Asia on the rise
But as capacity increases in China, India and the Middle East, demand for oil may take years to fully recover from the damage inflicted by the coronavirus. That will push a few million barrels per day of more refining capacity into bankruptcy, on top of a record 1.7 million barrels per day of processing capacity already put on hold this year. More than half of those closures took place in the United States, according to the IEA.
About two-thirds of European refiners are not making enough money in fuel production to cover their costs, said Hedi Grati, head of Europe-CIS refining research at IHS Markit. Europe still has to reduce its daily processing capacity by an additional 1.7 million barrels in five years. “There’s more to come,” Sawyer said, predicting the shutdown of an additional 2 million barrels per day of refining capacity next year.
China’s refining capacity has nearly tripled since the turn of the millennium as it tried to keep pace with rapidly growing diesel and gasoline consumption. The country’s crude processing capacity is expected to climb to 1 billion tonnes per year, or 20 million barrels per day, by 2025, from 17.5 million barrels at the end of this year, according to the Institute of economic and technological research of China National Petroleum Corp. .
India is also increasing its processing capacity by more than half to 8 million barrels per day by 2025, including a new megaproject of 1.2 million barrels per day. Producers in the Middle East are adding to the frenzy by building new units with at least two projects totaling more than one million barrels per day expected to start operations next year.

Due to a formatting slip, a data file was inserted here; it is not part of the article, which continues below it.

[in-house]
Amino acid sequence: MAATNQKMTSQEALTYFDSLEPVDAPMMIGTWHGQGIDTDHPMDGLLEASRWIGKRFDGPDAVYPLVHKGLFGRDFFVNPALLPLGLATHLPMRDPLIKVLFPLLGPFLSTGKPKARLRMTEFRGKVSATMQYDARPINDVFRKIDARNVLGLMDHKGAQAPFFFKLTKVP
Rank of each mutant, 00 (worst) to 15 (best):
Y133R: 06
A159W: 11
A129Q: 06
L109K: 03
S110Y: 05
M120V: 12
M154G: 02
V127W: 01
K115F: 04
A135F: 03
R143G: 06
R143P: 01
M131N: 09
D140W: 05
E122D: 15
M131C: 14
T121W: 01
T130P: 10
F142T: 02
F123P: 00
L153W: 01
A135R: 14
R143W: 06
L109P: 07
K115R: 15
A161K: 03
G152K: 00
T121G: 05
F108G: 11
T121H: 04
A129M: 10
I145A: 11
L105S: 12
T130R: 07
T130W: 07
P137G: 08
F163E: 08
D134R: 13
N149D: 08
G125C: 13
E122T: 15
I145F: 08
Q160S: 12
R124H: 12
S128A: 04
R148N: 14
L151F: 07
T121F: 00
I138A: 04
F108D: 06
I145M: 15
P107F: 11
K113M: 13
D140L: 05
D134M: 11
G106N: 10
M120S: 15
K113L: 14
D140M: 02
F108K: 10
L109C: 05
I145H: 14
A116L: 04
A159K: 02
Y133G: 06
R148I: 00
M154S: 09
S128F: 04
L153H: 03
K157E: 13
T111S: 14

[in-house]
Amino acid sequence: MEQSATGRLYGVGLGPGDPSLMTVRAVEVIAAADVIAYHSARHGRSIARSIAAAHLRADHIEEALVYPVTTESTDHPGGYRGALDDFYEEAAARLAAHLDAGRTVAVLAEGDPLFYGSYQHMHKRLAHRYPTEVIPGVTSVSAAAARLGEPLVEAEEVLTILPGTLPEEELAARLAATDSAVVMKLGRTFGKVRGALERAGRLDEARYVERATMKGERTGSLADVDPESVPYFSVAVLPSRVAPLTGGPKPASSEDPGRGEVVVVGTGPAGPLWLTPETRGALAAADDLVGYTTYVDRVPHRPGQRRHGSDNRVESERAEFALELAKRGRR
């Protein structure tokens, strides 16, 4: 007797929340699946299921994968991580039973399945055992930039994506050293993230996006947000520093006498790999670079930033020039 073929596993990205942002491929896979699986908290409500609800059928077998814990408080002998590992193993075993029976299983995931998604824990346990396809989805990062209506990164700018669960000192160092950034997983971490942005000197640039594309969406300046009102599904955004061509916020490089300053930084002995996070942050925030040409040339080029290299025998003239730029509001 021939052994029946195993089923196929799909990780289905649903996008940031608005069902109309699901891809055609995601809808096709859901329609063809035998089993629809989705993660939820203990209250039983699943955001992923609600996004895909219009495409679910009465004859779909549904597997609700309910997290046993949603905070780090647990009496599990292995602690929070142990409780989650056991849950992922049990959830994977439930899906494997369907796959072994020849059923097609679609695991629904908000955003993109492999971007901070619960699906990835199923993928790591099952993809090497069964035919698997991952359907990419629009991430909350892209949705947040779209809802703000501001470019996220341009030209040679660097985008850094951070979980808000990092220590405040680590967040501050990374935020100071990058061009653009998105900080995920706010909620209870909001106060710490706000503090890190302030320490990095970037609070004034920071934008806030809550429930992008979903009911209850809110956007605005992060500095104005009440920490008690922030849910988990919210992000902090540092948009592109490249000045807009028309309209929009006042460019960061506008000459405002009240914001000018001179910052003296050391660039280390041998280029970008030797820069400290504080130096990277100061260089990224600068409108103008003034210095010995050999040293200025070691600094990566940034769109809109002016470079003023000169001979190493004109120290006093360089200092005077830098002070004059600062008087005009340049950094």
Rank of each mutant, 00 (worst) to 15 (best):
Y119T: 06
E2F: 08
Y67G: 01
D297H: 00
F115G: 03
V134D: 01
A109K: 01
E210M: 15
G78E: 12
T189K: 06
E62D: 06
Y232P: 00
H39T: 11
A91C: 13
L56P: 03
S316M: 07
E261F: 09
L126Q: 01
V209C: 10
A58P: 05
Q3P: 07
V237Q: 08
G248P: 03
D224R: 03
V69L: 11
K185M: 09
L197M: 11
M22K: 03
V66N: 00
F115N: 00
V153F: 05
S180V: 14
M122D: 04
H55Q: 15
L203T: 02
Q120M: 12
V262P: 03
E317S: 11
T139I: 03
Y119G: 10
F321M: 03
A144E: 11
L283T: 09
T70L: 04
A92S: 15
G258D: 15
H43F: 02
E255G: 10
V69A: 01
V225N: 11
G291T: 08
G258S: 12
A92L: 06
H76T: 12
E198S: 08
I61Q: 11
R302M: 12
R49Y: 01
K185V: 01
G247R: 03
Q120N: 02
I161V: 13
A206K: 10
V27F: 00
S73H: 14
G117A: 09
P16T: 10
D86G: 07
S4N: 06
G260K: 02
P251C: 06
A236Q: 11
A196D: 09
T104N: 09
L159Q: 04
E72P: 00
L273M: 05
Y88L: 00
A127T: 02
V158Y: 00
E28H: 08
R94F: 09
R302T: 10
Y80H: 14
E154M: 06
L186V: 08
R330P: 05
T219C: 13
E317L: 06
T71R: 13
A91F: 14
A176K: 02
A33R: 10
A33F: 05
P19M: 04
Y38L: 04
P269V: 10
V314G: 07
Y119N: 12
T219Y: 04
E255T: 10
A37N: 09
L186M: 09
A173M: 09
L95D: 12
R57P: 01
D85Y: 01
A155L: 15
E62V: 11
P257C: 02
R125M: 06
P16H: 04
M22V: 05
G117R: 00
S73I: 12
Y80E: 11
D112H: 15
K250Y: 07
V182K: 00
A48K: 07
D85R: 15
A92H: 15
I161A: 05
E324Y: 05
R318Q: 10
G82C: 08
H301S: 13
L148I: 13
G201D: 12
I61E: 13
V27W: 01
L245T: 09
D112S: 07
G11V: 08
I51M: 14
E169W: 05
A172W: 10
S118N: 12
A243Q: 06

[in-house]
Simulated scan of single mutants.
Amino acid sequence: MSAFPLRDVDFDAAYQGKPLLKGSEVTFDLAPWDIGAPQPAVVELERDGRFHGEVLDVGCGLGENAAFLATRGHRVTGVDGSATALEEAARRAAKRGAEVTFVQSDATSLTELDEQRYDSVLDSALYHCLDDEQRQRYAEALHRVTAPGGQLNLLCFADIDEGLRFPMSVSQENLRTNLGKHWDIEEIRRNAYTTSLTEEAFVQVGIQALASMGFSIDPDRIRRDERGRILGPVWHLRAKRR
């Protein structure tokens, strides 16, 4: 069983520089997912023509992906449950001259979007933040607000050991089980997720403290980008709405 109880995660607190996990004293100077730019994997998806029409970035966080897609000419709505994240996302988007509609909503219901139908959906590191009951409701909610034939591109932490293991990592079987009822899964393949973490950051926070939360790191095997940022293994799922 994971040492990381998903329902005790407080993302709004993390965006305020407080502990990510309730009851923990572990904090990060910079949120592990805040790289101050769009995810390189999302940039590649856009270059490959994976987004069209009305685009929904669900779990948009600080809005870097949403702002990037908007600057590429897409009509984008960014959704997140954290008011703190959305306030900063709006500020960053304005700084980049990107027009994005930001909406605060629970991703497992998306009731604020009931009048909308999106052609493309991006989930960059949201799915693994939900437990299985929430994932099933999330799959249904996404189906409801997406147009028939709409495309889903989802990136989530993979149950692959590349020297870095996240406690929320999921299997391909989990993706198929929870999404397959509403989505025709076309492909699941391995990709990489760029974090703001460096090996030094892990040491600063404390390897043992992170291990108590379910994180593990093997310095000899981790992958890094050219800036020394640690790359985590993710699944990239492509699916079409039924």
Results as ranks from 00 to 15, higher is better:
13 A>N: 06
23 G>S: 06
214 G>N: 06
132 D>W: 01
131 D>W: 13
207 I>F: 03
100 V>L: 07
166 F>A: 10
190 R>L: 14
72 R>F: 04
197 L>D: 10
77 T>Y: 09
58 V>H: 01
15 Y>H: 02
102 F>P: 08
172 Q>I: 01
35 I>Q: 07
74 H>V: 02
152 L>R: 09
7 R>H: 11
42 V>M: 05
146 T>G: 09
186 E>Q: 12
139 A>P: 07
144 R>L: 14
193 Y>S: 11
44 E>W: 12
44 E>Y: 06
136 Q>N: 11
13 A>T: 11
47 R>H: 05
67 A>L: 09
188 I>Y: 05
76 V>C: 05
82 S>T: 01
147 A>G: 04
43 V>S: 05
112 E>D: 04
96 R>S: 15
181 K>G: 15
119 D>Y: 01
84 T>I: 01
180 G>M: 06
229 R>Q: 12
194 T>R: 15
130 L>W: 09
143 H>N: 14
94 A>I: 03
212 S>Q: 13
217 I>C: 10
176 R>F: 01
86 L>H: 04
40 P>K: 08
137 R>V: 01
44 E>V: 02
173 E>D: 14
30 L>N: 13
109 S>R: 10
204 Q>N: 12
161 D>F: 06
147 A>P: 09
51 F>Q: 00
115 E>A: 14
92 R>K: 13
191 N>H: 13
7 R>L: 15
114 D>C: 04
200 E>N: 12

One of the main drivers of new projects is the growing demand for petrochemicals used to make plastics. More than half of the refining capacity commissioned from 2019 to 2027 will be added in Asia and 70 to 80% of that capacity will be focused on plastics, according to industry consultant Wood Mackenzie.
The popularity of integrated refineries in Asia is driven by the region’s relatively rapid economic growth rates and the fact that it remains a net importer of raw materials such as naphtha, ethylene and propylene as well as gas. liquefied petroleum, used to make various types of plastics. The United States is a major supplier of naphtha and LPG to Asia.